had a deficit of a billion eight hundred million dollars. That big drop came about because of the tax reduction, as I mentioned awhile ago. And then 1950, a further deficit of four billion and six hundred million dollars when that tax reduction was catching up with us more. Then in 1951, we had a surplus again of three billion five hundred million dollars. In 1952, of course, the expenses and costs of Korea were beginning to show up in the budgetary operation because there had been a lag time between June 1950 when the Korean trouble started, it took time to get things in motion and fiscal 1952 when we had a deficit of three billion nine hundred million dollars. Until September of 1952, we still had sufficient revenue coming in that our deficit was held to an additional three billion nine hundred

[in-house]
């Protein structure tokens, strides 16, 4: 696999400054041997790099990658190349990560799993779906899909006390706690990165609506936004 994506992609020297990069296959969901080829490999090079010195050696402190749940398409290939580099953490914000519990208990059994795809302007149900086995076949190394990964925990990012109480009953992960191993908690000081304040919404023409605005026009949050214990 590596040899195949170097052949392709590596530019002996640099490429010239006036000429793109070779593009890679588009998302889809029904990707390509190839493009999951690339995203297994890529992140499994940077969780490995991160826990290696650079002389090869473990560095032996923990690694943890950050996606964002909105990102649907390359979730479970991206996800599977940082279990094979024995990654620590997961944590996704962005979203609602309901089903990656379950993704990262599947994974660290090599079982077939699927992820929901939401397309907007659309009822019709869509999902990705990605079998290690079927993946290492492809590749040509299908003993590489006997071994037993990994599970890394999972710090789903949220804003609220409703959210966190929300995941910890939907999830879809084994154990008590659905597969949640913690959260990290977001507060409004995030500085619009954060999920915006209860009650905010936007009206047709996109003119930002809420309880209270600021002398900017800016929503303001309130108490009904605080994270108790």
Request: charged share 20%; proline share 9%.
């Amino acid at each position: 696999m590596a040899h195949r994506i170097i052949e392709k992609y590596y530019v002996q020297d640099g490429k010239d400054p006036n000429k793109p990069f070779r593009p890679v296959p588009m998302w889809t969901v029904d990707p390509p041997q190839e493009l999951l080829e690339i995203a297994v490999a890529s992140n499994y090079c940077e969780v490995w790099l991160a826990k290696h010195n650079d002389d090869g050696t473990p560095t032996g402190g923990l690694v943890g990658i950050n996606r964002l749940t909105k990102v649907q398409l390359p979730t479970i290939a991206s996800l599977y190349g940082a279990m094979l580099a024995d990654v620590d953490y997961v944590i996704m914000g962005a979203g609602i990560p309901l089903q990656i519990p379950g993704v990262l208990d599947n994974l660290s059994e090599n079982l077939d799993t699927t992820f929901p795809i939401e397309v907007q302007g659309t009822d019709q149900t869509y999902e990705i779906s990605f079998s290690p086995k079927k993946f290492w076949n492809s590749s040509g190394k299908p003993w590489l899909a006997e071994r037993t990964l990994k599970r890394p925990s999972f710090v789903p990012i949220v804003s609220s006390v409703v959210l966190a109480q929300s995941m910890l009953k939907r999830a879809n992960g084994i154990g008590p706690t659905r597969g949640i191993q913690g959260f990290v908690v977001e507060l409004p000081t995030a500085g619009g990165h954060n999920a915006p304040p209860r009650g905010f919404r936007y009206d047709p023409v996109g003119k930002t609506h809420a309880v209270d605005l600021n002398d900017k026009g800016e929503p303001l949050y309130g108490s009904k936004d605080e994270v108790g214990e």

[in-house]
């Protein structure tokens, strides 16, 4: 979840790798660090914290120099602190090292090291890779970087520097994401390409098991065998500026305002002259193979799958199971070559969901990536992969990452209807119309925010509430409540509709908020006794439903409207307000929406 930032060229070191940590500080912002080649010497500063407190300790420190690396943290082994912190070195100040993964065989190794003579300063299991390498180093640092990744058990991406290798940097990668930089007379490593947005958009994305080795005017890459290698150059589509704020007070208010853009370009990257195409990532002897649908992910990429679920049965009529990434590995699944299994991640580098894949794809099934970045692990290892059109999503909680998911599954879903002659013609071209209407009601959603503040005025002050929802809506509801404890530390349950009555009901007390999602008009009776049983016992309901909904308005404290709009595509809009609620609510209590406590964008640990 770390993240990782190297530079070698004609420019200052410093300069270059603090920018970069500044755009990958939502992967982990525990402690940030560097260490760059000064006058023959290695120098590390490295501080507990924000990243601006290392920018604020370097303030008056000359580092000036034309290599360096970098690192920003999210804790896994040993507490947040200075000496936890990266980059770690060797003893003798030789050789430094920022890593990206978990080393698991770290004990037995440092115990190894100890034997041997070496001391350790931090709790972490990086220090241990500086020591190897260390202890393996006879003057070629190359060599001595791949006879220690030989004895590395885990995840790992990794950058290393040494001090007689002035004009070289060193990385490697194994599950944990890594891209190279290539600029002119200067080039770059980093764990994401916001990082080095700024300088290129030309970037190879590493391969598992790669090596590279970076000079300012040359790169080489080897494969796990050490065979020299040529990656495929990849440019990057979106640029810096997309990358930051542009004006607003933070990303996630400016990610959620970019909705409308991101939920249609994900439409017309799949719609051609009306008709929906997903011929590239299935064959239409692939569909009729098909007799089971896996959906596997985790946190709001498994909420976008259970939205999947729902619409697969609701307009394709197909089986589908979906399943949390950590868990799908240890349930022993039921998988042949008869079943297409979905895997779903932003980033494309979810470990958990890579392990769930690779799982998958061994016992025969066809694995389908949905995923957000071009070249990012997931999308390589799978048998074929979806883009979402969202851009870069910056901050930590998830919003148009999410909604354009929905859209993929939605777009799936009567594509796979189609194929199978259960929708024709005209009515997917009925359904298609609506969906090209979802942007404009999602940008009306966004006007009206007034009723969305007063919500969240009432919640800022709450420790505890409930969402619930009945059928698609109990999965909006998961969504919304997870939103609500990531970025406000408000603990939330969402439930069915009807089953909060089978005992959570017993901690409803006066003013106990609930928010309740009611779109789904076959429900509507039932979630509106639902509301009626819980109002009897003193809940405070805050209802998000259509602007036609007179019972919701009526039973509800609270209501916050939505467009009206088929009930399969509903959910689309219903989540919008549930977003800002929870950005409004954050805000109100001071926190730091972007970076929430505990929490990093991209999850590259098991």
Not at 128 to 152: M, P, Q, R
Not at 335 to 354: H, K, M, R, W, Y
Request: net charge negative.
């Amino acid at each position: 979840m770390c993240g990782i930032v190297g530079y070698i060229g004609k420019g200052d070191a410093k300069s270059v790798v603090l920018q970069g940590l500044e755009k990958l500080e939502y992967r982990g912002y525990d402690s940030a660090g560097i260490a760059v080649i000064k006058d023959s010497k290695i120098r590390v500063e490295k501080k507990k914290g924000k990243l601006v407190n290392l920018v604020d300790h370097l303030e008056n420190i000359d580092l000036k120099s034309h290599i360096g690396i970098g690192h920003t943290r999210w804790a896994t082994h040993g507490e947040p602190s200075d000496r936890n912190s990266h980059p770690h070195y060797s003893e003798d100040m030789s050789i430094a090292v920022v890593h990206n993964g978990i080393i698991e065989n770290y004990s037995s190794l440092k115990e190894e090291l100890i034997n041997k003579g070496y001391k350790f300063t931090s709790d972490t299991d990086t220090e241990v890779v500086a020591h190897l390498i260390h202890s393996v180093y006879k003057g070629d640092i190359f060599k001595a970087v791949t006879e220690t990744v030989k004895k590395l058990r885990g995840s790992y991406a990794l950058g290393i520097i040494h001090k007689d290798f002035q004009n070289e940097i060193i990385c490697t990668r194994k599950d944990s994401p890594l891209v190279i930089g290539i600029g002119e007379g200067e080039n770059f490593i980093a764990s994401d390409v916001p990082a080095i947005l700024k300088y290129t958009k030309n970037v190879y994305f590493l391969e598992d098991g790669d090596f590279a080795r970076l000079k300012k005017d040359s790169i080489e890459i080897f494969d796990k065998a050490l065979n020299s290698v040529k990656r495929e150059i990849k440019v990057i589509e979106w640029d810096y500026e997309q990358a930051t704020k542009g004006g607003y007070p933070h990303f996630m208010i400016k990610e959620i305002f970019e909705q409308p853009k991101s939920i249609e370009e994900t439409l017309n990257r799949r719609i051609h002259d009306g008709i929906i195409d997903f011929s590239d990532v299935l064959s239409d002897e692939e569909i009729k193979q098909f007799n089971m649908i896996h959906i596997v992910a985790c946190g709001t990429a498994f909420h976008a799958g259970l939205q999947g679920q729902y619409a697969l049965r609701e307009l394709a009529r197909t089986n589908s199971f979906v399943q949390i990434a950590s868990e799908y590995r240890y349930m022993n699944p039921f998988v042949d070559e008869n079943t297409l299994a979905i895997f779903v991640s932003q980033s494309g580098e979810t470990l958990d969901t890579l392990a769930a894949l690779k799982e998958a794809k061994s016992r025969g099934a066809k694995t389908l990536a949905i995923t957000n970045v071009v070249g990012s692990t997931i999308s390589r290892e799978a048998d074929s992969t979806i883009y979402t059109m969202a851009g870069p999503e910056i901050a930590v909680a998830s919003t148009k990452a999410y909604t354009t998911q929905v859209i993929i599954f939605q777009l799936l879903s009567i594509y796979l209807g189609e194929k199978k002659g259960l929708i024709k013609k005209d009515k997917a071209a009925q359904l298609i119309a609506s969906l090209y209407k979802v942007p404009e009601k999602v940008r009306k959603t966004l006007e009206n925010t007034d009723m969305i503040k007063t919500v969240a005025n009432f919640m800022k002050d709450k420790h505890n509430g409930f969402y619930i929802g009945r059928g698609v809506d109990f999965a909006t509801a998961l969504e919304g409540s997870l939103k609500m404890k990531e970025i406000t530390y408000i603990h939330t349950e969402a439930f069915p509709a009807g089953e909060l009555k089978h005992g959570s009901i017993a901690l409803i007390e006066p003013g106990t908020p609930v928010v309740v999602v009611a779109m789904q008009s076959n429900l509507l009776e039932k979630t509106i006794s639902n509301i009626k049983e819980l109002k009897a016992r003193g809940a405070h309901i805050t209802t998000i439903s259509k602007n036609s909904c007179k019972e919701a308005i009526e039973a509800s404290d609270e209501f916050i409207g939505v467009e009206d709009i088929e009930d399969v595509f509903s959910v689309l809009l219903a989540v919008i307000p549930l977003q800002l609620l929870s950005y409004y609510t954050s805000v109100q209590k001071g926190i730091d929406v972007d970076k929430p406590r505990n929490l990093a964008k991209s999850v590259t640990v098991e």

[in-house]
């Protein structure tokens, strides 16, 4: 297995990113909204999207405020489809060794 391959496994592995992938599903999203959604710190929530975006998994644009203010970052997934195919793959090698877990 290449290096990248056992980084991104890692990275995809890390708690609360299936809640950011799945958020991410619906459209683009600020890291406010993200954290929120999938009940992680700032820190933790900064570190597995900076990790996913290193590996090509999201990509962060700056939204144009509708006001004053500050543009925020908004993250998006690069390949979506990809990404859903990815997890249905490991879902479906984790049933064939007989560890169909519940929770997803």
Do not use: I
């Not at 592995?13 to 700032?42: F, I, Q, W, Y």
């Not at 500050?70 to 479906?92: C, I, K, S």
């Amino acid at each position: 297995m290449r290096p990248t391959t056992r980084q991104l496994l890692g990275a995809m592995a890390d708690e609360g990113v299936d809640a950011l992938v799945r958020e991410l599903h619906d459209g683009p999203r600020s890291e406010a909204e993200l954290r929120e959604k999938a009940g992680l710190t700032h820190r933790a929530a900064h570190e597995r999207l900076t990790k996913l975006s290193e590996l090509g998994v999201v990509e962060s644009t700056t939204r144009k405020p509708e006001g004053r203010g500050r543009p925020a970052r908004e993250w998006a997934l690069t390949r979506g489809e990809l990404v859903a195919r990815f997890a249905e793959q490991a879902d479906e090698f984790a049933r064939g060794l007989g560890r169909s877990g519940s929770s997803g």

[1716]

million dollars; and then going from September 30th, 1952 to March 31st, í53, after we out, the deficit was a billion nine hundred million dollars. But, cumulatively, adding and subtracting the surpluses and the deficits, we ended up for the period of Mr. Trumanís administration, while I was serving as his Secretary of the Treasury, with a net deficit of three billion four hundred million dollars, with a year and a half of war going on in between, donít you see. So, I thought that was an extremely interesting set of figures as to how Mr. Trumanís administration met the financial problems of its times.

HESS: Thatís very good.

SNYDER: I think thatís all for this morning.